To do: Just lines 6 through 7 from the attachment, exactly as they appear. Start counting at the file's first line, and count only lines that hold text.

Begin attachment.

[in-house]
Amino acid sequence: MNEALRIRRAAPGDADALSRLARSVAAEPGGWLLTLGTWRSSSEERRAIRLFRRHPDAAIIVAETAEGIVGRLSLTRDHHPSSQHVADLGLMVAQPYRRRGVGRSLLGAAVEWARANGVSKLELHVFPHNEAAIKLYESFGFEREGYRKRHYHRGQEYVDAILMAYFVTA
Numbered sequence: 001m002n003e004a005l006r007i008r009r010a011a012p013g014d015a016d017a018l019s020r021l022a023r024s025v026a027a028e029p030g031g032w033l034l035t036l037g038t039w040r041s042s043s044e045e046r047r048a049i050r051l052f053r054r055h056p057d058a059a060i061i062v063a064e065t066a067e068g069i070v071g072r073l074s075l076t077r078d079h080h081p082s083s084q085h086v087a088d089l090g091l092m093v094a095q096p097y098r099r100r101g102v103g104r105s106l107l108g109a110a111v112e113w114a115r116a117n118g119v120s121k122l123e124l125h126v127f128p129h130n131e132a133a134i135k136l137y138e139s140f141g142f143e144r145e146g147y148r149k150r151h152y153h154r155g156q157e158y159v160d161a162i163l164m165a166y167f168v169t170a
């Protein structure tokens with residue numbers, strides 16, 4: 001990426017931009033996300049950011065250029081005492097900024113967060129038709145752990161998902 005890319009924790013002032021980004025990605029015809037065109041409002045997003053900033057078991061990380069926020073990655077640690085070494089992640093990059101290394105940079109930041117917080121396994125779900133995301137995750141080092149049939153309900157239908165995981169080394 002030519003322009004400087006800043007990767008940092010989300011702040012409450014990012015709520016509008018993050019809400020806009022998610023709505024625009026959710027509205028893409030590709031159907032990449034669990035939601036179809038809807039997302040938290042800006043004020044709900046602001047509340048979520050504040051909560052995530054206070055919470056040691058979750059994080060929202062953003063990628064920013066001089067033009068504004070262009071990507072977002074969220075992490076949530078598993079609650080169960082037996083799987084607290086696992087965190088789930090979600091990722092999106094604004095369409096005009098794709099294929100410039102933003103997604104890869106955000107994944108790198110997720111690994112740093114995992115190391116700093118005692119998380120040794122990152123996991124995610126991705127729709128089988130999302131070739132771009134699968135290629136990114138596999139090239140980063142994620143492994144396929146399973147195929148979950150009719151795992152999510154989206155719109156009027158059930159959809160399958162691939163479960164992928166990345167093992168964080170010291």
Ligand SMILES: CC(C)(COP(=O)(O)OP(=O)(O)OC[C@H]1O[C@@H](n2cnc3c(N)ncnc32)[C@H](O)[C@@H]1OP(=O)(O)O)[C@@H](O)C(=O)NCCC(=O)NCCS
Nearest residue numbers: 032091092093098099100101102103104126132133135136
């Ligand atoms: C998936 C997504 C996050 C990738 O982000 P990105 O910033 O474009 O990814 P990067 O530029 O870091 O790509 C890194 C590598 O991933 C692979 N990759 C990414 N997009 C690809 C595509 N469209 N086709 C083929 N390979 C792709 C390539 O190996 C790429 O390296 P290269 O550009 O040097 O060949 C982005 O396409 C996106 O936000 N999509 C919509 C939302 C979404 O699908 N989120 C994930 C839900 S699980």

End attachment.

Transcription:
Nearest residue numbers: 032091092093098099100101102103104126132133135136
């Ligand atoms: C998936 C997504 C996050 C990738 O982000 P990105 O910033 O474009 O990814 P990067 O530029 O870091 O790509 C890194 C590598 O991933 C692979 N990759 C990414 N997009 C690809 C595509 N469209 N086709 C083929 N390979 C792709 C390539 O190996 C790429 O390296 P290269 O550009 O040097 O060949 C982005 O396409 C996106 O936000 N999509 C919509 C939302 C979404 O699908 N989120 C994930 C839900 S699980």